Some jobs are tough, some can be deadly. Some jobs are stressful, but exposure to dangerous situations and hostile environments can contribute significantly to the chance of a fatal on-the-job accident.
According to preliminary data from the Bureau of Labor Statistics, 4,340 lives were lost on the job in 2009, the lowest total since these statistics were first collected in 1992. The total is down from 5,214 in 2008 and the BLS attributes this overall reduction to increases in unemployment and a decrease in total hours worked in particularly dangerous professions, most of which have been affected by the recession.
The rate of fatal work injuries for US workers in 2009 was 3.3 per 100,000 full-time employees, but one job in particular was significantly more dangerous, with a fatal injury rate of up to 200 per 100,000 full time workers. This year’s four most frequent fatal injuries included 882 highway incidents, 617 falls, 521 workplace homicides and 414 incidents that involved a worker being struck by an object.
So, what are the deadliest jobs in the country? Click ahead to find out!
By Paul ToscanoPosted 19 Aug 2010
Note: Comparison of fatality rates does not include military combat occupations.
Fatality rate: 18.3 / 100,000
Total deaths: 224
Annual median salary: $29,150
Construction Laborers perform tasks involving physical labor while building, highway, and heavy construction projects, tunnel and shaft excavations, and demolition sites. Use of heavy power tools and exposure to hazardous materials contribute to the danger of this job.
Fatality rate: 18.3 / 100,000
Total deaths: 586
Annual median salary: $39,260
Truck drivers travel long distances for many hours, increasing the likelihood of highway accidents.
Fatality rate: 18.5 / 100,000
Total deaths: 81
Annual median salary: $46,160*
Industrial machinery workers include installers, repair workers and maintenance workers who deal with large-scale industrial machinery.
*Salary number is for Industrial Machinery Mechanics.
Fatality rate: 25.2 / 100,000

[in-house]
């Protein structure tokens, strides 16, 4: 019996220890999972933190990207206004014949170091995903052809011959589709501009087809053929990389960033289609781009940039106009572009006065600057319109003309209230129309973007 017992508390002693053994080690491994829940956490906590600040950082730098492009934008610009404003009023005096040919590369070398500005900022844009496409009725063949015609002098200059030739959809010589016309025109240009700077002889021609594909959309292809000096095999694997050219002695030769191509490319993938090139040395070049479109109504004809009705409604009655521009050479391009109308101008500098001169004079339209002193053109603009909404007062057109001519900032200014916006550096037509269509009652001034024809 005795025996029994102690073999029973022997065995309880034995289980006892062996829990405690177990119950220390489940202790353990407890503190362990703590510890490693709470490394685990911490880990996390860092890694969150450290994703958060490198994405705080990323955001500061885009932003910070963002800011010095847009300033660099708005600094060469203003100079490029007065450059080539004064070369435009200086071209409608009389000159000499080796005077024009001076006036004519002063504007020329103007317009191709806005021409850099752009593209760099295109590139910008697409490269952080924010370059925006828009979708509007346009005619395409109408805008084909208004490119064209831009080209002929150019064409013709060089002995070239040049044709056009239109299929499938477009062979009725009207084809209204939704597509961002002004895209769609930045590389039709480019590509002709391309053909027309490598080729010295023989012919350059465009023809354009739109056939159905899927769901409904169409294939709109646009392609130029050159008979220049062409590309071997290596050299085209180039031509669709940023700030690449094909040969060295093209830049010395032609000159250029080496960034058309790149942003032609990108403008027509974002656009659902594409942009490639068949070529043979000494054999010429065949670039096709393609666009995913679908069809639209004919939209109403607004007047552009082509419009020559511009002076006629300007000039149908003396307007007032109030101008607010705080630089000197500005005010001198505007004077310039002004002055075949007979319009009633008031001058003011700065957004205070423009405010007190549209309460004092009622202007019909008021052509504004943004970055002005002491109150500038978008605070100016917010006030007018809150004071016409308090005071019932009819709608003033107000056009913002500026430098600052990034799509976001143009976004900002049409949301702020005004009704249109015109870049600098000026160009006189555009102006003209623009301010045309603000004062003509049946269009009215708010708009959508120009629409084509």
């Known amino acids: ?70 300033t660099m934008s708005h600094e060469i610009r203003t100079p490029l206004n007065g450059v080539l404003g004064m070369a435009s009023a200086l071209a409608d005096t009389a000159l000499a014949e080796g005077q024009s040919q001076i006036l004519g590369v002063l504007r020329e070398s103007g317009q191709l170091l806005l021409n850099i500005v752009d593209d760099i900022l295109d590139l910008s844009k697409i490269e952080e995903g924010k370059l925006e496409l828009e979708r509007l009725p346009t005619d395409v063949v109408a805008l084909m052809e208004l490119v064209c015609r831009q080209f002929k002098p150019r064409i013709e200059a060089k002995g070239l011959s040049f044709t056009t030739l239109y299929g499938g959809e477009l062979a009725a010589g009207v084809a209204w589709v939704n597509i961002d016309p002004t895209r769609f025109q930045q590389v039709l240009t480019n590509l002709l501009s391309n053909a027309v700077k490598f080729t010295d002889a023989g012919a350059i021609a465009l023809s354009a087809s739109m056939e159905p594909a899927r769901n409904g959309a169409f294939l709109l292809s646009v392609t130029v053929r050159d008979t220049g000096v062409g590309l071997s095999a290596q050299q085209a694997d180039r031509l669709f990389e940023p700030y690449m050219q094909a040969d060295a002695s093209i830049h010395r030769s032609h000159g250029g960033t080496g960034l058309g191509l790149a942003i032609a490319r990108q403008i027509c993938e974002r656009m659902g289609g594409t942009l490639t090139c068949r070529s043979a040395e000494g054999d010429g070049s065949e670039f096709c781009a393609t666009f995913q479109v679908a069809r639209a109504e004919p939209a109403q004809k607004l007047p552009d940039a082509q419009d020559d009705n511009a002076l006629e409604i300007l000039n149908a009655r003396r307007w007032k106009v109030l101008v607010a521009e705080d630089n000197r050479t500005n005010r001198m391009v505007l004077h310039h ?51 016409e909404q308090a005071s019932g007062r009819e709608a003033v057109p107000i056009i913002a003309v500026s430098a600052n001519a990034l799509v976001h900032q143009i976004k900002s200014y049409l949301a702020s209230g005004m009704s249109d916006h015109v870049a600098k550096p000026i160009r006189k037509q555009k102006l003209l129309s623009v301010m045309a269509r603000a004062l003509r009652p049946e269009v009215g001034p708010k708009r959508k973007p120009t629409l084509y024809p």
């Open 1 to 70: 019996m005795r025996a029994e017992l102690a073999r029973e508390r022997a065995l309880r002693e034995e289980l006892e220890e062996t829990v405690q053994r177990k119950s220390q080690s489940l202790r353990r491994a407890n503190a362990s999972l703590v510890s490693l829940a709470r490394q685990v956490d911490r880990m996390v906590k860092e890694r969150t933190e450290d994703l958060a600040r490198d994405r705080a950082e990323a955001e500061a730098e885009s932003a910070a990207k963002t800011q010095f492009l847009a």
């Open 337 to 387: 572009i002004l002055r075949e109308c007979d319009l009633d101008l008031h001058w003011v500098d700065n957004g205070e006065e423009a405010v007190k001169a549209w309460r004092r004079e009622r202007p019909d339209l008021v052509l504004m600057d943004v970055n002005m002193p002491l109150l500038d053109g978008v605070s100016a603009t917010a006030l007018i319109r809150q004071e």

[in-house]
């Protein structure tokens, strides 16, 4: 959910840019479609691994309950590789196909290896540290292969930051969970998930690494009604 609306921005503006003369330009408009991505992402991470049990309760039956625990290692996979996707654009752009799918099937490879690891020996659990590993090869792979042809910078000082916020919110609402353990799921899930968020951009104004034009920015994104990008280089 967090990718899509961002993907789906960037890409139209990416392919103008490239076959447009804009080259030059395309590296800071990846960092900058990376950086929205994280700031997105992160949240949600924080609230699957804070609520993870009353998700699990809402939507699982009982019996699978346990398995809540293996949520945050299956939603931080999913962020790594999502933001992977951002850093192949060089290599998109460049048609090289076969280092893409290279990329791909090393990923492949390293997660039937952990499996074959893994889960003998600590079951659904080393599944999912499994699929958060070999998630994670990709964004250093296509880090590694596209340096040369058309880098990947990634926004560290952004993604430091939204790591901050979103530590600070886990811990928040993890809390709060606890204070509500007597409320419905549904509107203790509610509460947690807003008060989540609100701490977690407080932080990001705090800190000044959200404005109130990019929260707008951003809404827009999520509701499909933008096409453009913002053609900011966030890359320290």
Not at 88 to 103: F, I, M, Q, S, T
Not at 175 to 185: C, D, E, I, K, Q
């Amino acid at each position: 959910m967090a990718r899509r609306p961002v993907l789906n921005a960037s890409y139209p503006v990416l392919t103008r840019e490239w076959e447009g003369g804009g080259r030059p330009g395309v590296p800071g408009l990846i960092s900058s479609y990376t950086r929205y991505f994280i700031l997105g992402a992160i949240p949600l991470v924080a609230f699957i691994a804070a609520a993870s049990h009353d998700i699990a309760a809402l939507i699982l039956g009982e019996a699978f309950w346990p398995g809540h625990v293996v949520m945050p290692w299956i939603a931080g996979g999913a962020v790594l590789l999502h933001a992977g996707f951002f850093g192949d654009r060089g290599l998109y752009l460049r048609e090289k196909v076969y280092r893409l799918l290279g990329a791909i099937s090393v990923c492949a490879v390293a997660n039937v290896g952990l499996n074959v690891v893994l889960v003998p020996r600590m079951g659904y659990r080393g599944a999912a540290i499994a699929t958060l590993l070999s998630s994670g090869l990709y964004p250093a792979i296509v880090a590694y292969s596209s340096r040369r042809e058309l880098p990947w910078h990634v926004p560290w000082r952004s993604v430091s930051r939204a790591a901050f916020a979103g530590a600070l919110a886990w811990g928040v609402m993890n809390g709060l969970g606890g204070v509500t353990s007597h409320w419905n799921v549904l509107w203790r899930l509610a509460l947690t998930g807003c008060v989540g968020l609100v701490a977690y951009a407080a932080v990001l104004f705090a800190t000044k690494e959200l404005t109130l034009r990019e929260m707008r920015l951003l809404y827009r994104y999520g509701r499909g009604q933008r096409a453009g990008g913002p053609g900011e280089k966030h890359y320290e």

Total deaths: 19
Annual median salary: $33,760
Despite more comprehensive safety measures that have helped to lower the fatality rate since 2006, garbage collectors are still exposed to harmful chemicals and dangerous machinery.
Fatality rate: 30.3 / 100,000
Total deaths: 18
Annual median salary: $48,470
Despite using safety harnesses and scaffolding when working at great heights, steel workers are still at risk of deadly falls.
Fatality rate: 34.7 / 100,000
Total deaths: 60
Annual median salary: $37,390
Falls from ladders, scaffolds and roofs are the main cause of fatal accidents in this occupation.
Fatality rate: 38.5 / 100,000
Total deaths: 293
Annual median salary: $23,640
Farming may sound tame, but working with heavy machinery and harmful chemicals makes this job especially dangerous.
Fatality rate: 57.1 / 100,000
Total deaths: 63
Annual median salary: $117,060
Particularly at risk are test pilots who fly new or experimental planes, crop-duster pilots that may be exposed to harmful chemicals and those who operate rescue helicopters.
Fatality rate: 61.8 / 100,000
Total deaths: 34
Annual median salary: $34,180
Responsible for cutting and hauling trees, logging workers can suffer fatal harm from falling branches and heavy machinery. Bad weather is also a contributing factor.
Fatality rate: 200 / 100,000
Total deaths: 56
Annual median salary: $26,600
This group is at risk of getting entangled in nets and other gear or getting swept overboard. Additionally, injured workers are far from medical attention.